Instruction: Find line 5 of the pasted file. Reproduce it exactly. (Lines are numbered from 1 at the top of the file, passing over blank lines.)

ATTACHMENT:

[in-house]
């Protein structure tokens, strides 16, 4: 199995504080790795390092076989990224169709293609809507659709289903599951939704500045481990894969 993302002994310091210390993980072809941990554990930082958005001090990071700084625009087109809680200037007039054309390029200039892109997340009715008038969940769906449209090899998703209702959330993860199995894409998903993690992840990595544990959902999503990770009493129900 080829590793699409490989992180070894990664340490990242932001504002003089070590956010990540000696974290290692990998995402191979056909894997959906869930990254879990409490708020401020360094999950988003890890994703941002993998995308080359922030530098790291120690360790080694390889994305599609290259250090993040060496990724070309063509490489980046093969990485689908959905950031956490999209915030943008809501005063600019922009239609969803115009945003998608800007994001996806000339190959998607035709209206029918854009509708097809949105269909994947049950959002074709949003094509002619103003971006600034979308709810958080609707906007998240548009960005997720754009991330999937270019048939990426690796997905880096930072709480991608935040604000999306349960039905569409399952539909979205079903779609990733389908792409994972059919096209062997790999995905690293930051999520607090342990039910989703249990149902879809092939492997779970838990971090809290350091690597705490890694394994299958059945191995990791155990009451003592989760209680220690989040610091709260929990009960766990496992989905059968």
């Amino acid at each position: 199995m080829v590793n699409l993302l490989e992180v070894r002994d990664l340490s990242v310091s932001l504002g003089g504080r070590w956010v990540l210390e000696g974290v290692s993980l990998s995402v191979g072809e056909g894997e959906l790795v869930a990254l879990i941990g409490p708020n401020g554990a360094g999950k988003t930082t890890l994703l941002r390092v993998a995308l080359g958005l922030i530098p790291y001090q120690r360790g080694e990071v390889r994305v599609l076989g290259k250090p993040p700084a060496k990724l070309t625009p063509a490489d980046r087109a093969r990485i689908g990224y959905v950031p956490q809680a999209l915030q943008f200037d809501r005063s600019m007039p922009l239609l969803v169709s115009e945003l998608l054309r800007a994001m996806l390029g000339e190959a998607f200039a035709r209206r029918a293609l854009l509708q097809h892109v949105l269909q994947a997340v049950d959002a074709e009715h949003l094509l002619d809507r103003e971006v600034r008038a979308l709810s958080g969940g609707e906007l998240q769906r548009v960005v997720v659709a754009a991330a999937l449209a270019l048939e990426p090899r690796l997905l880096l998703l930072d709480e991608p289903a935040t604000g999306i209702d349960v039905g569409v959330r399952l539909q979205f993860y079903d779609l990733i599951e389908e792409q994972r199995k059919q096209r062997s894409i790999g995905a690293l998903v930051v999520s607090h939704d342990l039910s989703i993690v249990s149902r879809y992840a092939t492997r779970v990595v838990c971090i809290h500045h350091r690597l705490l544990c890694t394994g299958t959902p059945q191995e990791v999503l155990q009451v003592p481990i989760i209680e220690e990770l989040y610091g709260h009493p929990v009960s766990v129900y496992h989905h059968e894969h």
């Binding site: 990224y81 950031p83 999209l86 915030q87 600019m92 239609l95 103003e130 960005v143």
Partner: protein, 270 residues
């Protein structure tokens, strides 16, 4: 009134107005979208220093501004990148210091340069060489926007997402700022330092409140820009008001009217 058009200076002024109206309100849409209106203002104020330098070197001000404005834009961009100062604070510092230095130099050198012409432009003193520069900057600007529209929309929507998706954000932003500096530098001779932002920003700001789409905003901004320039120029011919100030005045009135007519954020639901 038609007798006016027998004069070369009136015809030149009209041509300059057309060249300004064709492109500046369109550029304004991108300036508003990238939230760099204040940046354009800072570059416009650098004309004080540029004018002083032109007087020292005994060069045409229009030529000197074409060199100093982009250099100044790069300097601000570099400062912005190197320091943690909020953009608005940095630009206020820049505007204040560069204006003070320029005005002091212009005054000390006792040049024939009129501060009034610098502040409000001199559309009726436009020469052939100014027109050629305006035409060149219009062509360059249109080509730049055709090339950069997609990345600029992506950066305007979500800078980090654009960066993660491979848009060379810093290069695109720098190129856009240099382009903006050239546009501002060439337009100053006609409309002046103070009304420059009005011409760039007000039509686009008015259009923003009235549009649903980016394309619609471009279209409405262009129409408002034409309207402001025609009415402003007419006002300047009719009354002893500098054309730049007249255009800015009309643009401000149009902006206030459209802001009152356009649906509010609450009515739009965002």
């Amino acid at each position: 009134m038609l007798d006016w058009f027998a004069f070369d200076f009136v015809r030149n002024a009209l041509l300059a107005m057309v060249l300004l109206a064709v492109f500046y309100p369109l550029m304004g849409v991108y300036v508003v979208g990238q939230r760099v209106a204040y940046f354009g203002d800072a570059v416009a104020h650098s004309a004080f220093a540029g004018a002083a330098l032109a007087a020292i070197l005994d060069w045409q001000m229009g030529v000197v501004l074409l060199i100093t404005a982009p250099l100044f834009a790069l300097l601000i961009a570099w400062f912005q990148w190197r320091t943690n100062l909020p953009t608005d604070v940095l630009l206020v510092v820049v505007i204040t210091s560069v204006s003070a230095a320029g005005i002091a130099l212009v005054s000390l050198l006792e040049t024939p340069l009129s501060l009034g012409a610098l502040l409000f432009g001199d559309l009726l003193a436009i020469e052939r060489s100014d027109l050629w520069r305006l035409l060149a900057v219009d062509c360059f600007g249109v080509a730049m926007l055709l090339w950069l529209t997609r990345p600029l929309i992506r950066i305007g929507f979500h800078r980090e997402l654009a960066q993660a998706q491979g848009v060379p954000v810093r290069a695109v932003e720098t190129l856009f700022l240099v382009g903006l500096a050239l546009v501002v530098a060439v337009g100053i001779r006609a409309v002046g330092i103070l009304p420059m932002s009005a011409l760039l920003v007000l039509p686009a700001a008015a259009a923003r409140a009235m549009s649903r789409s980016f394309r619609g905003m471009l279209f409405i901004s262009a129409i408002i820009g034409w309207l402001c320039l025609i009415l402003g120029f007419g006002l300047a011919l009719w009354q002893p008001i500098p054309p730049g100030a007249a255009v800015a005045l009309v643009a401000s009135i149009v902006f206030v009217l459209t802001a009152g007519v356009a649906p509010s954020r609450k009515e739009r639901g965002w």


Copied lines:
Partner: protein, 270 residues